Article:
- Nursing facilities must have a Registered Nurse on site around-the-clock. The academic literature has repeatedly found that having a trained professional on site 24/7 is important for improving nursing home safety. Under the proposal, 22% of nursing homes would have to hire Registered Nurses to meet this requirement.
- In addition to having at least one Registered Nurse full-time, nursing homes must provide at least .55 hours (33 minutes) per resident day of care from a Registered Nurse, exceeding standards in nearly all states. Staffing hours per resident per day are the total number of hours worked by each type of staff divided by the total number of residents. This means that a facility with 100 residents would be required to provide a total of 55 Registered Nurse hours over the course of a day. If broken out into 8-hour shifts, this would mean having two Registered Nurses on staff for each 8-hour shift, and a third Registered Nurse for one shift during the day. Under the proposal, 36% of nursing homes would have to hire Registered Nurses to meet the hours per resident day standard after accounting for Registered Nurses hired for the 24/7 requirement.
- Nurse aides are especially critical to safe, quality care. These workers help residents with basic tasks of daily living, like eating, bathing, and going to the bathroom. Under the proposal, nursing homes must provide 2.45 hours (2 hours and 27 minutes) per resident day of care from nurse aides, exceeding standards in all states. This means a nursing home would need roughly ten nurse aides per each 8-hour shift in a facility with 100 residents. Under the proposal, 68% of nursing homes would have to hire nurse aides to meet this requirement.
When accounting for average hours currently worked by other types of workers that are not covered by these standards, this translates to expected nurse staffing of about 3.9 hours per resident per day.
The proposal also makes clear that the numerical staffing levels are a floor—not a ceiling—for safe staffing. Under the proposal, nursing homes would have to undertake a robust assessment of their particular facility, including consulting with workers and their representatives, to determine whether higher levels of staffing and what staff competencies are needed to meet the needs of their particular resident population. Nursing homes caring for residents with more acute needs may well have to hire more workers than the minimum standards in order to provide a safe environment. In addition, state laws with higher staffing requirements would not be preempted.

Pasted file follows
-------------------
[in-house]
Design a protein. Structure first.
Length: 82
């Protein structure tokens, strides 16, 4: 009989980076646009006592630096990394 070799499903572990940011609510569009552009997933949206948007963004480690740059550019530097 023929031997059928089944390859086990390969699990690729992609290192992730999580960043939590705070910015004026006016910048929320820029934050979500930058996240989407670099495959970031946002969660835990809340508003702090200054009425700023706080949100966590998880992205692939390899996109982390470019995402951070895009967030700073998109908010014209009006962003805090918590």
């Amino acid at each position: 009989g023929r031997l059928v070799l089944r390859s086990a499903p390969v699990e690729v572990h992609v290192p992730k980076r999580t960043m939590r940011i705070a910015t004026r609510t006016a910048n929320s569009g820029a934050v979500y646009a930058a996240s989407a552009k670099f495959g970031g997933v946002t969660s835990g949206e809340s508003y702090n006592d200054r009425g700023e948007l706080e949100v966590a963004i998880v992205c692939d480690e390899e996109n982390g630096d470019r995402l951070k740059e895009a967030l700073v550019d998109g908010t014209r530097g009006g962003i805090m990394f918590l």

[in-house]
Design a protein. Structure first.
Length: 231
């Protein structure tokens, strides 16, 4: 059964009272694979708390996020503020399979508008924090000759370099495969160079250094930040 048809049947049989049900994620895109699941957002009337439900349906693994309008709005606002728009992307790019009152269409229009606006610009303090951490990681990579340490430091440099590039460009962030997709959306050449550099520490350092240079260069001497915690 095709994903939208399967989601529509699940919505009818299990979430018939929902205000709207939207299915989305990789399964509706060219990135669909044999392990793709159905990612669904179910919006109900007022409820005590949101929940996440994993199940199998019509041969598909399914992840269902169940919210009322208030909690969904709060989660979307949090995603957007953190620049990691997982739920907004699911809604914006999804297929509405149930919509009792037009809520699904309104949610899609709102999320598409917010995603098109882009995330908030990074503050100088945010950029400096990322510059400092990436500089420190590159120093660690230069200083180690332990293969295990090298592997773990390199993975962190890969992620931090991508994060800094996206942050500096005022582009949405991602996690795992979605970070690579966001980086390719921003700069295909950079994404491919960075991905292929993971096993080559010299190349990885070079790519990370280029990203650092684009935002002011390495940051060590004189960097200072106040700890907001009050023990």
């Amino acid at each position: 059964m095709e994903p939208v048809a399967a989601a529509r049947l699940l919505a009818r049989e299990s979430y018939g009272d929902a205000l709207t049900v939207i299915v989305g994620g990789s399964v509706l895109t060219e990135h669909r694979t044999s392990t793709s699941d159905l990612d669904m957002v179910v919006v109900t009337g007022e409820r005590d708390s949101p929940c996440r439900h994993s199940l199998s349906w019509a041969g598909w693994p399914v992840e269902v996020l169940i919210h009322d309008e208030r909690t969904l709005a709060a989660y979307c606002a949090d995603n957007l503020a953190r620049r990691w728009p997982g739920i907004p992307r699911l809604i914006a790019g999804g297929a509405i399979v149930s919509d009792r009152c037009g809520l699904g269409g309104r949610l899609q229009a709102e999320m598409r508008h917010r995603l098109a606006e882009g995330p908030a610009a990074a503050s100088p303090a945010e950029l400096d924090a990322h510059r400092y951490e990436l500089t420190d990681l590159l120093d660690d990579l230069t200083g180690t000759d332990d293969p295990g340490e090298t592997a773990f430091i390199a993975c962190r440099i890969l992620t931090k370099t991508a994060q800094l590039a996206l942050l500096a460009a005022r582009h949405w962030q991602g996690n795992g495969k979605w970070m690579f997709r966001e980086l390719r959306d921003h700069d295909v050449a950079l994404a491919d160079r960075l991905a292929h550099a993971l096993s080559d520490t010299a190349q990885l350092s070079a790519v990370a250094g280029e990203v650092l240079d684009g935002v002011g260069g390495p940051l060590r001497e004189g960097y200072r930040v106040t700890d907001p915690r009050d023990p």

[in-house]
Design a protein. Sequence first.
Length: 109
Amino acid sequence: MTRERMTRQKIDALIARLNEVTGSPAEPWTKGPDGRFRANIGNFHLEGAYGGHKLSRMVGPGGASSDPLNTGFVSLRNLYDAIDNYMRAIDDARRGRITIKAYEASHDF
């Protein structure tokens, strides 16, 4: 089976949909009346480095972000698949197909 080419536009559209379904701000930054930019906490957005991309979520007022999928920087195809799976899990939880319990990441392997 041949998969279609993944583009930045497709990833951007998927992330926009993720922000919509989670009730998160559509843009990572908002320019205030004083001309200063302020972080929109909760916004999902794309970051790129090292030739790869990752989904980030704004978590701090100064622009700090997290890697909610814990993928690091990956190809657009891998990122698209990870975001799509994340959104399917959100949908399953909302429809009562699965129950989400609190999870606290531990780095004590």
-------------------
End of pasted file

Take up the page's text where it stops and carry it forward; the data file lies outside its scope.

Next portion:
The federal minimum staffing standards proposed by CMS are robust yet achievable. For example, non-profit nursing homes are about three times as likely as for-profit homes to already provide staffing at or above the proposed levels. We recognize that nursing homes in rural areas may face greater challenges and require greater time to hire additional workforce. To ensure that affected nursing homes have ample time to identify and hire the necessary workers, the proposed rule would give most nursing homes three years to meet the new standard for nurses and nurse aides, and nursing homes located in rural areas would have five years to meet the new standards. To meet the requirement for a Registered Nurse on site 24/7, rural facilities would have three years and all other facilities would have two years.
The proposal includes possible hardship exemptions from the minimum staffing requirements. The need for an exemption must be proven with documentation that demonstrates meaningful efforts to hire workers at prevailing wages, as well as demonstrated financial investments in staffing.
The proposal also increases transparency about how taxpayer dollars are being spent. If finalized as proposed, state Medicaid agencies would need to publicly report the percent of payments for Medicaid-covered services that are spent on compensation for direct care workers and support staff in nursing facilities and intermediate care facilities for individuals with intellectual disabilities.
Increasing Nursing Home Accountability
As the Administration works to implement the new proposed minimum federal floor for staffing, it is also committed to improving nursing home safety in the immediate-term. That’s why today HHS is announcing new efforts to improve enforcement of existing standards. HHS is taking action to:
- Increase Audits of Nursing Homes’ Staffing: CMS is expanding audits of the direct care staffing data that nursing homes must report to make sure that federal and state inspectors, as well as residents and their families, have accurate information, including through Nursing Home Care Compare, CMS’ informational website that families and prospective residents use to learn about facilities.
- Ensure Taxpayer Dollars Go Toward Safe, High-Quality Care: HHS-OIG is performing new oversight work to follow the money on how nursing homes spend the taxpayer funds they receive. This will include analysis of how nursing homes may profit at the expense of taxpayers and residents by using services, suppliers, or facilities controlled by parties they own or are otherwise connected to, rather than from vendors who might charge a more competitive price. These “related-party transactions,” have not only obscured how taxpayer funds are being used by nursing homes, but also obscure whether profits and payouts to shareholders are prioritized above investments in resident safety and fair wages for workers.
- Improve Nursing Home Inspections: CMS will undertake new analyses of state inspection findings to ensure cited deficiencies receive the appropriate consequence, particularly in incidences involving resident harm. These analyses will ensure citations are applied more consistently and reflect the seriousness of the deficiency, permitting appropriate follow-through and enforcement.
- Crack Down on Inappropriate Antipsychotic Prescribing Practices and Risks: Grave concerns persist that nursing homes are overprescribing dangerous antipsychotic drugs to residents. To support efforts to reduce the misuse of these powerful medications, HHS-OIG is examining risks at nursing homes that have concerning prescribing practices. This builds on recent actions by CMS to increase oversight of inappropriate use of antipsychotic medication.